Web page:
A rose by any other name would… have more health benefits? Say hello to rose of Jericho, also known as:
- Anastatica hierochuntica
- hand of Fatima
- Maryam’s flower
- resurrection fern or resurrection plant
That last one comes from the plant’s sneaky ability to unfold and perk up after looking dead for days. This magical little herb has been used across cultures and religions to treat health ailments and induce labor.
Like many other plants, rose of Jericho *is* full of healthy plant compounds:
- Chlorogenic acid. This might play a role in reducing blood pressure.
- Quercetin. Known to reduce painful inflammation at 500-milligram doses (rose of Jericho contains <50 milligram per gram)
- Kaempferol. A safe, effective compound for soothing inflammation.
- Luteolin. Hello, antioxidant that may offer anti-inflammatory, and anti-cancer effects!
That’s all great, but containing healthy compounds isn’t the same as providing truly healing benefits. Still, fans use it for three primary health purposes.
- Anti-aging, baby. Plants contain antioxidants. And antioxidants = anti-aging, right? Not so fast. Jericho roses contain antioxidants, but there’s no actual evidence that slapping it on your face will soften fine lines.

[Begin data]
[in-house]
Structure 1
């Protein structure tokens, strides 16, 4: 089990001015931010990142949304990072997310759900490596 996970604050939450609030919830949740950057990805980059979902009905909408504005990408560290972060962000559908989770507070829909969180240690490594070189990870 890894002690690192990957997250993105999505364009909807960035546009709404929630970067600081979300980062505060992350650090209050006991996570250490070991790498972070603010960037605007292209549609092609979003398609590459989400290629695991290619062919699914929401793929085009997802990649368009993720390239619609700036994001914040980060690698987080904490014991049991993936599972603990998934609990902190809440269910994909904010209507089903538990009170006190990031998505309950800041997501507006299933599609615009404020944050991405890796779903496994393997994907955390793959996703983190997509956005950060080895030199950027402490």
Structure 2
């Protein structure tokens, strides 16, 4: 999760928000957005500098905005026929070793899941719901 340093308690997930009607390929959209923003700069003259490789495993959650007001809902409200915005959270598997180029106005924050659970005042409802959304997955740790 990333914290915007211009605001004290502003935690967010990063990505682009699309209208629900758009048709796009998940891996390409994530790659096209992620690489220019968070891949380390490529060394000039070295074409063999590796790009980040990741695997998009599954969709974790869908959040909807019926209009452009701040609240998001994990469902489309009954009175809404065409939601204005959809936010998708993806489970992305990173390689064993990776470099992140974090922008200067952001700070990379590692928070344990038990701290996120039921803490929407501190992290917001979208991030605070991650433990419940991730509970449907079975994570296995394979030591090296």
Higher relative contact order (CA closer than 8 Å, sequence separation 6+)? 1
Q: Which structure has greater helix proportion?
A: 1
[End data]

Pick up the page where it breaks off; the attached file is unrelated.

- Disease-fighting powers. All those anti-inflammatory, anticancer plant compounds above? They’re great at helping with problems like painful arthritis, general inflammation, unhealthy blood sugar levels, and more. Some folks sip rose of Jericho tea to fight disease.
- More uterine blood flow. For years, rose of Jericho tonics have been used to speed up the flow, which is thought to soothe cramps and speed up childbirth.
Here’s how to give rose of Jericho a whirl, as a natural remedy, or on your skin.
Rose of Jericho comes in many forms:
- botanical oil for the skin
- herbal tea (dried flowers from the rose of Jericho plant)
- oral capsules
Rose of Jericho is an uncommon ingredient, and only anecdotal evidence suggests using it in these forms.
Pro tip: It’s important to note that many products that claim to contain rose of Jericho actually contain false rose of Jericho (Selaginella lepidophylla). For the real version, look for Anastatica hierochuntica or A. hierochuntica on the label.
When your space needs a pick-me-up…